How Bridal Trends Work

Oct 13, 2021

Shout out to my favourite fashion decade, the 1830s

We’re all really comfortable and familiar with trends. Those of us born in the last millenia have lived to see our most shameful Y2K fashions come back around, personally I’m glad to be parting my hair in the middle again but dear lord save us from low cut jeans. In fashion these trends are fast, and they’re getting faster. You can see yellow trousers in New York Fashion week, and two weeks later they’re available in Zara in time for London Fashion Week (I won’t scar you with pictures of these particular trousers but please know this example comes from personal experience). Bridal fashion works a little differently for a handful of reasons, so I thought today I’d chat about how I keep my designs feeling fresh despite being mostly inspired by the 19th century and costume dramas, and how we move through different shapes. In fact, bridal trends are much more like 19th century fashion, with new silhouettes appearing every decade or so and a focus on quality, beautiful fabric, and subtle detailing.

My mum in her Diana sleeves. She assures me that this was the design AFTER she removed all the bows.

A part of why fashion trends are so much slower in bridal is that we are all trying so hard to be timeless. A lot of us look at wedding dresses from the last century and can make fairly accurate guesses at what decade they’re from. For a lot of us getting married now, our parents got married in the 80s in the Princess Diana mutton sleeves, and have listened to them laughing about it our entire childhoods. They have dated, I won’t deny it, but what seems to get lost quite often when we joke about it is that they all really loved those dresses when they were getting married in them. It’s given our generation a real fear of fashions and trends, which means a lot of bridal fashion is very samey- we’ve been seeing the strapless sweetheart neckline princess cut since the 90s. The sad irony of brides wanting to be timeless and therefore choosing this cut is that it is finally going out of style, so in the near future it’s going to feel as dated as those mutton sleeves feel now.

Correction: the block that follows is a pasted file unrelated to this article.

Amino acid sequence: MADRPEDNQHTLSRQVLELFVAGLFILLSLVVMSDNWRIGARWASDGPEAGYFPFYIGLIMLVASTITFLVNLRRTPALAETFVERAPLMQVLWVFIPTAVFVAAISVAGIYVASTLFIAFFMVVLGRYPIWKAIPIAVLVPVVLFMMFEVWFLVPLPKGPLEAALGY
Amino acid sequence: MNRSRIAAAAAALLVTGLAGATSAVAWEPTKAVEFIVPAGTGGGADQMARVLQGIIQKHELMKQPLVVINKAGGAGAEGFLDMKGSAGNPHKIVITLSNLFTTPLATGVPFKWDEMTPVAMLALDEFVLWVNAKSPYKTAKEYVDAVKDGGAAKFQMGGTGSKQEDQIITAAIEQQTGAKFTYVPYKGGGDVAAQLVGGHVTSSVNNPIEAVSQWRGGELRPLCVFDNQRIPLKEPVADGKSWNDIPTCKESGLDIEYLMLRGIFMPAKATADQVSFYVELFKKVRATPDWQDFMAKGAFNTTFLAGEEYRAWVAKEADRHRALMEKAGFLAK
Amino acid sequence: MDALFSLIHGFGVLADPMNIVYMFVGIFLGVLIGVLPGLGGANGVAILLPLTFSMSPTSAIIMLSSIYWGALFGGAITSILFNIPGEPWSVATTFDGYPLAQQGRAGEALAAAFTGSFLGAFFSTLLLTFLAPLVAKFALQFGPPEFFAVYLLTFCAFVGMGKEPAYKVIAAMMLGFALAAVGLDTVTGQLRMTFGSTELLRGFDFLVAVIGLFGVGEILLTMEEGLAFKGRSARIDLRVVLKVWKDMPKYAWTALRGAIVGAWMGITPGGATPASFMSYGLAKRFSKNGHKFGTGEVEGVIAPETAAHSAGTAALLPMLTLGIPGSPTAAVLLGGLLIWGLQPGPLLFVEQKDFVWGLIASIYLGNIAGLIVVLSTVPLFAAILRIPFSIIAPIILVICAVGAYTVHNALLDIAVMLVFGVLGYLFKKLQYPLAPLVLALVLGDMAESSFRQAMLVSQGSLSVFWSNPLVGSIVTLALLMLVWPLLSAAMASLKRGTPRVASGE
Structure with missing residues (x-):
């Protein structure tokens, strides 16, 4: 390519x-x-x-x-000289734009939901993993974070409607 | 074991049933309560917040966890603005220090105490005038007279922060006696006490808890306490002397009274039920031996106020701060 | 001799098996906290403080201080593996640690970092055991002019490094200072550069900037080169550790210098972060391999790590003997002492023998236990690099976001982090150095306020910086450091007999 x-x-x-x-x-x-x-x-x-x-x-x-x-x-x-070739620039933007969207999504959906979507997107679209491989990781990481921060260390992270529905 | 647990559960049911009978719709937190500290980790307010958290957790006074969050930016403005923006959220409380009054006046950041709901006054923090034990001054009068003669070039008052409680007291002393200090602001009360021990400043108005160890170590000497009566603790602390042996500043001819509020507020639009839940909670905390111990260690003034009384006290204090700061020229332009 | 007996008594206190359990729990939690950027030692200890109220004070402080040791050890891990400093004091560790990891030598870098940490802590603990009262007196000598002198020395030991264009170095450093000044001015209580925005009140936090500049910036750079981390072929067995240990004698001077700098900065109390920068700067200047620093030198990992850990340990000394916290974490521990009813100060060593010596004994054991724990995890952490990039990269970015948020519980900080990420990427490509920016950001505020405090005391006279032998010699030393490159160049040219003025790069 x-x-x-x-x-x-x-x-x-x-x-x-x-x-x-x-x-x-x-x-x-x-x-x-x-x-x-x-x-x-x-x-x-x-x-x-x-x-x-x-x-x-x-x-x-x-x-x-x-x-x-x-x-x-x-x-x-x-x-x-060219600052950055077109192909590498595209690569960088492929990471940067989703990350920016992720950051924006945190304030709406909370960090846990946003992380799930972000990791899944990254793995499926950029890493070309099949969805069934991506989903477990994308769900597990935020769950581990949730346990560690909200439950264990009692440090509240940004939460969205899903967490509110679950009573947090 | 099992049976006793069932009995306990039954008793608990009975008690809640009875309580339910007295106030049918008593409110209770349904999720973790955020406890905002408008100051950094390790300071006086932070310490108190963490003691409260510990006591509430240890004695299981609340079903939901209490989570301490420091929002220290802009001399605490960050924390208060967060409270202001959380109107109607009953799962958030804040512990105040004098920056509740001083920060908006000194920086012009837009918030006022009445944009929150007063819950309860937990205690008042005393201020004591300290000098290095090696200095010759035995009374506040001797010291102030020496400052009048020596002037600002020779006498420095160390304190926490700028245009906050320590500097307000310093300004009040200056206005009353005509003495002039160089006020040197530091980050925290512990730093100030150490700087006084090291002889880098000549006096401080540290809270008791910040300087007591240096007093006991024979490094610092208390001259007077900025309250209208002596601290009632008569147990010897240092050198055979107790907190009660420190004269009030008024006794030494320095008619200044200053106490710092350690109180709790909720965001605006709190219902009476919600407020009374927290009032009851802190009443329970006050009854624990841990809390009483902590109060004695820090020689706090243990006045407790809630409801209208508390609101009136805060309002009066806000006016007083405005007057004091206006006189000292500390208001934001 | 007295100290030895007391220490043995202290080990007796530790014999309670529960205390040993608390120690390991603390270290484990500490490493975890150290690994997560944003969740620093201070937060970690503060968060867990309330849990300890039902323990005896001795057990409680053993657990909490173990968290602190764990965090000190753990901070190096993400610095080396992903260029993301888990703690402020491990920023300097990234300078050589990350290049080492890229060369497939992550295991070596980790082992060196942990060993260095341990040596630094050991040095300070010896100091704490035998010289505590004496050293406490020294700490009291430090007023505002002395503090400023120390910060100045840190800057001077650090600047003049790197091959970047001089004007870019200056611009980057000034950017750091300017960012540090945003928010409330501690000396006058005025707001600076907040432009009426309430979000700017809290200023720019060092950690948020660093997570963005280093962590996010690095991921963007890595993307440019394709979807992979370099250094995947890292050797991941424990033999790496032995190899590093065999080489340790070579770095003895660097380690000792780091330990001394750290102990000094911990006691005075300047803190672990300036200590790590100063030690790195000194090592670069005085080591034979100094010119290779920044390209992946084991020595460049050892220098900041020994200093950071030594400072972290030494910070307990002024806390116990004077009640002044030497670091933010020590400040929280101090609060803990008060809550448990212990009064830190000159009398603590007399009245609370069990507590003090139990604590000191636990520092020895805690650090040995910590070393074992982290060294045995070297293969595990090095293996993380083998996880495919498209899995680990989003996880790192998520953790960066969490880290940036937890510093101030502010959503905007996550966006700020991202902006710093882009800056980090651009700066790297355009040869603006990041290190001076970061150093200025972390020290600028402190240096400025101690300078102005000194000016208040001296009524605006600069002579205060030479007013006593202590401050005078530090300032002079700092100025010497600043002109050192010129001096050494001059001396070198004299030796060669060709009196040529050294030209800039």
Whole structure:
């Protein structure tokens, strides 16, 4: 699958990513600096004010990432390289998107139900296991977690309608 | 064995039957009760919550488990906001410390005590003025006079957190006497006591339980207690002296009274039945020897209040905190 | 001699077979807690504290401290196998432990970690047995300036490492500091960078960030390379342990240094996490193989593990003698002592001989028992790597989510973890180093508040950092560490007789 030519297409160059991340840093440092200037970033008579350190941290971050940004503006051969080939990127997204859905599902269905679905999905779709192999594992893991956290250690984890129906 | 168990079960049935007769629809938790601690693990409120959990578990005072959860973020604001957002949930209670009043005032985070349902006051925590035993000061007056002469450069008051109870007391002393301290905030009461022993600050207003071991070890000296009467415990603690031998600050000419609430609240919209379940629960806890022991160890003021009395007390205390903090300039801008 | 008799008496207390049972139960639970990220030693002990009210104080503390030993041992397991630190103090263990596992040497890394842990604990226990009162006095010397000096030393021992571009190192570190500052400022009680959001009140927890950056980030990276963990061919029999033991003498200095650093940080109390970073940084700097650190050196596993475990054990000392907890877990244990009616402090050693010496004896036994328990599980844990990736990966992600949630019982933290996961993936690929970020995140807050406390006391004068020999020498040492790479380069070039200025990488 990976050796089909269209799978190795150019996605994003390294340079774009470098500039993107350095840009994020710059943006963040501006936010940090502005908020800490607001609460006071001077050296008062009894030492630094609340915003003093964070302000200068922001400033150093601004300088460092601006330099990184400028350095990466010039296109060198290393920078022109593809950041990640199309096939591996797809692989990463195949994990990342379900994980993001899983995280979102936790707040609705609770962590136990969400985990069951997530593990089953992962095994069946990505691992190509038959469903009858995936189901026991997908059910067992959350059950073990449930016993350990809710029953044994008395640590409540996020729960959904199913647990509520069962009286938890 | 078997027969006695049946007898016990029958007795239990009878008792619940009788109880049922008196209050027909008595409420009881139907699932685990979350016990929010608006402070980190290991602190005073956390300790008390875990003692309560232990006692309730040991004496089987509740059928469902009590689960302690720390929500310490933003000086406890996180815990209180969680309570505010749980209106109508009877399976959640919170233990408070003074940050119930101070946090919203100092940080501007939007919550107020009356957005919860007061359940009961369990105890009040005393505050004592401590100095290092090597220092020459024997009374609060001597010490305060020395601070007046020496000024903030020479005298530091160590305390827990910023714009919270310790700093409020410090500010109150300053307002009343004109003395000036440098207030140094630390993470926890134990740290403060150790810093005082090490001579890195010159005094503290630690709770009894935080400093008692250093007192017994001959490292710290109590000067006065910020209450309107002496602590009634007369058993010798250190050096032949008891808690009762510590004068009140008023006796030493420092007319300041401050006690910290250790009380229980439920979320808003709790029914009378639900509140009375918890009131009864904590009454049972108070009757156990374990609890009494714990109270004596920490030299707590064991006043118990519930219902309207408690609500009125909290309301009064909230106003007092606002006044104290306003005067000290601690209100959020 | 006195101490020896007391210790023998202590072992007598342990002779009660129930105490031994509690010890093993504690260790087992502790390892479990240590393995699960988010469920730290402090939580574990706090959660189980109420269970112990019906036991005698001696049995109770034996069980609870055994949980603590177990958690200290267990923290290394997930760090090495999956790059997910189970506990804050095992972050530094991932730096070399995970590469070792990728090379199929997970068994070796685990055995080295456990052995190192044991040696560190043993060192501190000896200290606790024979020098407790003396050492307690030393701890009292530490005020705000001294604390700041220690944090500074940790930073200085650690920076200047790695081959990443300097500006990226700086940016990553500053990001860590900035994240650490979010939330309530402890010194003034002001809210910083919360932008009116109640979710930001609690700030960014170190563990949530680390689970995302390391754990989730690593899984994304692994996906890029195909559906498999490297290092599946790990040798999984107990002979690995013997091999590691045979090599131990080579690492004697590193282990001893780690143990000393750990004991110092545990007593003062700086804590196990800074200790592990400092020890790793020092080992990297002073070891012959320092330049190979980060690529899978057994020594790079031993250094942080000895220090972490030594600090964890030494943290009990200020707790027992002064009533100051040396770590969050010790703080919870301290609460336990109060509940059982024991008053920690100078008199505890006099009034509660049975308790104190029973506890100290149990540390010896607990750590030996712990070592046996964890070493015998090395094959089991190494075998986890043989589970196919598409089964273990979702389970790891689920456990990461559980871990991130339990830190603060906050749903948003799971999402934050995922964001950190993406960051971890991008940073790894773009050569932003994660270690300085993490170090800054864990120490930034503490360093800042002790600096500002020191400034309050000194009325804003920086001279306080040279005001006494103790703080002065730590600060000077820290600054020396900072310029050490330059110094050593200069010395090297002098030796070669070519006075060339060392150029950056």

And the second part of why trends move so slowly in bridal fashion is that we simply buy and wear wedding dresses really differently to how we buy and wear our regular clothes. For example, I adore a poet sleeve (if you follow me on Instagram or Pinterest you know this already) and so as a designer I made a sample dress featuring some in mid 2016. It was photographed in November 2016, and the photos were published by blog Rock My Wedding in April 2017. Brides looking for wedding dresses that summer ordered them and so we started to see real brides wearing my poet sleeves by summer 2018. This is just an example, but it is starkly different to my 2 week yellow trousers from Zara. Another way it differs is that while yellow trousers went out of fashion as quickly as they came in, my lovely organza poet sleeves are still going strong and I’m making them year after year.

I hope this makes some sense of what we see in bridal fashion, next week on the blog I’ll talk about trends I’m seeing appear in the bridal industry and how I might incorporate them into some sample dresses in 2022!

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